I know I’ve only made one installment of my Dungeon Accessories series, but I’m already taking a break.  Lately, I’ve been using my Hirst Arts molds to make a clone set of Dwarven Forge’s Rooms and Corridors set.  Unfortunately for you, that’s taken up most of the time I have for molding and building.  Plus, I only mold the pieces I need out of each mold, so there’s not a lot of extra pieces sitting around for me to play with.  I didn’t really think the “clone a set of Dwarven Forge” project warranted a post, since anyone can easily go to the DF site and see what the sets consist of.

I didn’t want to leave you high and dry, however, so let’s make a dungeon accessory that anyone can do, even if there’s no game or story mechanic behind it.

Rugs & Tapestries

It’s nice to be able to fill out a room with little details.  Since many dungeons were once castles, and some dungeons still house intelligent monsters, it’s fair to say that adventurers will come across rugs and tapestries in some of the rooms.  Hey, goblins like nice things too!

Lucky for us, the internet is rife with images of oriental rugs, and tapestries aren’t that hard to find, either.  I’m sure some of you see where I’m going with this.

  1. Do an image search for “persian rugs” or “oriental rugs” or “tapestries.”  When searching for tapestries, it helps to be specific about what kind of tapestry you want, e.g. “King Tapestry.”
  2. Download the images that you like, and open your favorite image editing program. (I use the free program gimp)
  3. Now, you’re going to want to shrink down the images to something that (roughly) covers a convenient portion of the map.  Most rugs are going to have a ratio of about 3″:2″ length: width once you’ve shrunk them, though you can probably also find some long hallway sized rugs as well.  Tapestries vary in their size, and as long as it’s not too tall for your room, you can make it any size you want.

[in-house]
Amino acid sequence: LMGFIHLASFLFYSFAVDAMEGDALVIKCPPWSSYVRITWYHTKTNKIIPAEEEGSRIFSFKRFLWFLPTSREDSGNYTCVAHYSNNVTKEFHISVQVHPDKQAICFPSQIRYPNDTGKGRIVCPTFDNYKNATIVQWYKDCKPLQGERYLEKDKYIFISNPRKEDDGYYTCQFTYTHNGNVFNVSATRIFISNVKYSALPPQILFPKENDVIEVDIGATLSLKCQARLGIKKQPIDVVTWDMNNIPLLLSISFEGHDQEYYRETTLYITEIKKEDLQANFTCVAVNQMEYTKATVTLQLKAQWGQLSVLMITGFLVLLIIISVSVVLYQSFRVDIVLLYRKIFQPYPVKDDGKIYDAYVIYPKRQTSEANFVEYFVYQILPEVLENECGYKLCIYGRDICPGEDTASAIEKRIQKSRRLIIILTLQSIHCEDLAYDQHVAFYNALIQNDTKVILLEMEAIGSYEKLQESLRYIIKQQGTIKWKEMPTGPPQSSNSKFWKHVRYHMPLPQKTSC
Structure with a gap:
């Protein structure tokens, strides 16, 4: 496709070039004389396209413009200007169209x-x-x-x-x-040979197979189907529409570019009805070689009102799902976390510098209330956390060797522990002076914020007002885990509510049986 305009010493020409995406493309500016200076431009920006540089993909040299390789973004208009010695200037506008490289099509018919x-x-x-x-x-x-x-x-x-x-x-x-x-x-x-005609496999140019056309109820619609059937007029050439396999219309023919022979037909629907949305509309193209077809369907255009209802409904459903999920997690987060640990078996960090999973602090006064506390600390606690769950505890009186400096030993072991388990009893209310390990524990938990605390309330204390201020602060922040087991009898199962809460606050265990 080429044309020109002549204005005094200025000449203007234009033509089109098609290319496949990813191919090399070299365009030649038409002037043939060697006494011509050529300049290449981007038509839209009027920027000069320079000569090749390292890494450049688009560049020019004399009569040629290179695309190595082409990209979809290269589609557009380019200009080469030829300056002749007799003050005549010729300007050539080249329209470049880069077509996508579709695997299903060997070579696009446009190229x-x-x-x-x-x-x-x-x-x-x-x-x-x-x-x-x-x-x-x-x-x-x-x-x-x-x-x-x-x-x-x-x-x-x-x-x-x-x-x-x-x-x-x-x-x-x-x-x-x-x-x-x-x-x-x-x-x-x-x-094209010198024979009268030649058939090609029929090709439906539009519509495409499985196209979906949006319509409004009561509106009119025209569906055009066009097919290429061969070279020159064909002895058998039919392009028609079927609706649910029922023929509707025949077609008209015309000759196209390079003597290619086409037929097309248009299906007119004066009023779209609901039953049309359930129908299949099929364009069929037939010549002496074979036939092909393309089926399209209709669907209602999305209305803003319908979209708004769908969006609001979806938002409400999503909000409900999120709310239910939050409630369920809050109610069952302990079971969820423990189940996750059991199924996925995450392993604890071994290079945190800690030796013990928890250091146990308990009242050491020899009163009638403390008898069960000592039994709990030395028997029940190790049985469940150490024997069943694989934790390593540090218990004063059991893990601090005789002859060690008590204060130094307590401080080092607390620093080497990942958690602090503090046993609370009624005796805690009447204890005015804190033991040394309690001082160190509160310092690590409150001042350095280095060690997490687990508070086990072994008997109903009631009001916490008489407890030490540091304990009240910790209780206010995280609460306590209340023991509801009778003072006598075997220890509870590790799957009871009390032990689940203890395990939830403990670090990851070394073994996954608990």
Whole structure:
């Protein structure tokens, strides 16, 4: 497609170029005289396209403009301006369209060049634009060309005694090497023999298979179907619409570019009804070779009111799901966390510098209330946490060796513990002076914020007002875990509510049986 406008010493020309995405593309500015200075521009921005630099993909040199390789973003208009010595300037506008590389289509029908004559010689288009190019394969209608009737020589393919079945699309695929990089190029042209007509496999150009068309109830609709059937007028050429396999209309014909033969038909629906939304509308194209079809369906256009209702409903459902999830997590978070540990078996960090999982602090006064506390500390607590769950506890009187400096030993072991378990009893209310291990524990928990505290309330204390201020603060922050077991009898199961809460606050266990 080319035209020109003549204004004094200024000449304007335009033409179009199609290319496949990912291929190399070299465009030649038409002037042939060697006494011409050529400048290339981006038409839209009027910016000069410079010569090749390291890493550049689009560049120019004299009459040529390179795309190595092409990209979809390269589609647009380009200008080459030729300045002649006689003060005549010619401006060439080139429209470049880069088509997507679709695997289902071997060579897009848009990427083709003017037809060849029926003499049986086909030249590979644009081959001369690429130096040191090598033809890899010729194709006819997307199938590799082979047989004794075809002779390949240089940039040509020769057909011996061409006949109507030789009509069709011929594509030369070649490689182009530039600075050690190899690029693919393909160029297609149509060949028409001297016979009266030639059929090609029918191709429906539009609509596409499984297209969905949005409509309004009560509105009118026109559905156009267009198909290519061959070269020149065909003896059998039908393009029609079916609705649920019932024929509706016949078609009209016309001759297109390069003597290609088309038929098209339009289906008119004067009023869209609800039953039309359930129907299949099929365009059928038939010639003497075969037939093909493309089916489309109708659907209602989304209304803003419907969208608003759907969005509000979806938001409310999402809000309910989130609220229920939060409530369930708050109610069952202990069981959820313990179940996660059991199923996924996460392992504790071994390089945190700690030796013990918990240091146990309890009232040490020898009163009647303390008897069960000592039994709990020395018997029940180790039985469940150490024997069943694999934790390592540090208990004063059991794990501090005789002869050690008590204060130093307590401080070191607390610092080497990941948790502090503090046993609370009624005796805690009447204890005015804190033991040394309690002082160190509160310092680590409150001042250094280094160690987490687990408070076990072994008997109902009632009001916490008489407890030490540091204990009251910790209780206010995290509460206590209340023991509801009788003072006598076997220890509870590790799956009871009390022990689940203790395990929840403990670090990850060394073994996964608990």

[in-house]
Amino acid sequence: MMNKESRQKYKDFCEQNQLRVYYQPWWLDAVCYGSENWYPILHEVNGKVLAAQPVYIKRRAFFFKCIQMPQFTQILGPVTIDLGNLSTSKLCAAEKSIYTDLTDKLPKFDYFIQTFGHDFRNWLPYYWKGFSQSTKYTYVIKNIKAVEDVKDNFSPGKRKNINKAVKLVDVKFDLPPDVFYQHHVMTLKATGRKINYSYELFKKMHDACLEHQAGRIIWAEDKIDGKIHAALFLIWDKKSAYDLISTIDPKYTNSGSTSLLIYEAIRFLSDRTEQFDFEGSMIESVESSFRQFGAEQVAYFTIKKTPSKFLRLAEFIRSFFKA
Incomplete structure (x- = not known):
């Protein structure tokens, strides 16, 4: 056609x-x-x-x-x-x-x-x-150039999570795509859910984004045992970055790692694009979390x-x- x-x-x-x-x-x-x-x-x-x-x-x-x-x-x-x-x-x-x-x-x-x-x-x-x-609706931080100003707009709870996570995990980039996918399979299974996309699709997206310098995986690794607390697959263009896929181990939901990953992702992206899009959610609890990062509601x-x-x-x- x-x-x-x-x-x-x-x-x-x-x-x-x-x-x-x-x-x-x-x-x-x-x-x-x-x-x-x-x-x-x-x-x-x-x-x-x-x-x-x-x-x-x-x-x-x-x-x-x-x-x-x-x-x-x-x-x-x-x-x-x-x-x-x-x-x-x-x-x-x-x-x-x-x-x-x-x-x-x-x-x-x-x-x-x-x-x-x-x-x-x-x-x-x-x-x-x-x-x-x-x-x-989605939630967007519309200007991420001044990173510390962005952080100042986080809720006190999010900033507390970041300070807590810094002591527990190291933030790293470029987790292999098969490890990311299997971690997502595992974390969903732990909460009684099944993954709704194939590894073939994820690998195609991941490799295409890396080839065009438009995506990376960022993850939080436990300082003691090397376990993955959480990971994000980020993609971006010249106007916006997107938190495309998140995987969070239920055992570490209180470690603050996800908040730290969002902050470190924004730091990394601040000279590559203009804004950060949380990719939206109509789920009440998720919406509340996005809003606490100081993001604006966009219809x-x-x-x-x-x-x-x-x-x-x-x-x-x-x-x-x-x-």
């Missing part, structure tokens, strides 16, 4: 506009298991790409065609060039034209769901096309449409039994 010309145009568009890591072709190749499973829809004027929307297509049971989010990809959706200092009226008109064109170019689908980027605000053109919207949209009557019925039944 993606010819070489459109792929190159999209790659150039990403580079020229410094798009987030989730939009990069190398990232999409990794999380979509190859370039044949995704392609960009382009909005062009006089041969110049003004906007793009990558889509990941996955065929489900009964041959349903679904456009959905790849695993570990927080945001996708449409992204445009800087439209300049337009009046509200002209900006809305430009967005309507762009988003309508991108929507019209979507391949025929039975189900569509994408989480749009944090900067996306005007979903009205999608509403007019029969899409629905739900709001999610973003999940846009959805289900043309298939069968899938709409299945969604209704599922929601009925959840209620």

4. Print them out on cardstock, cut them out, and you’re ready to use them in your dungeon!
  5. I’ve found the best way to affix the tapestries to a wall is to use sticky tack.  Cheap and easy.  You can also do this to keep the rugs in place.

Other than mundane decoration, what can we use these items for?

  • To cover a secret door in a wall, or a trap door in the floor.
  • The tapestries may tell the PCs a story that ties some plot arcs together, or reveal the one weakness of the Big Bad Evil Guy.
  • The PCs have to arrange the tapestries in chronological order to trigger something (History checks, or leave the dungeon to do some research)
  • Anyone feel like designing an animated rug stat block for us?
  • Unweildy treasure.  The rugs or tapestries may be worth quite a bit, but are the PCs really willing to lug them around the dungeon?
  • One of the subjects in the tapestry is holding the magic item/artifact/quest item the party is searching for.
  • You could make the tapestries themselves into a quest: the PCs need to find several tapestries that belong to a set, but have been separated over time.
  • Two words: Flying rug.
  • What are your ideas?

Bonus feature! I’m offering a PDF of rugs and tapestries ready for you to print and cut out immediately.  Check out the downloads page to get it! What you get:

  • 5 Pages
  • 24 Oriental Rugs, different sizes
  • 8 Oriental rug runners (hallway rugs), different sizes
  • 34 Tapestries, including the famous “Unicorn Tapestries” Note: Tapestries are 1.25″ (33mm) high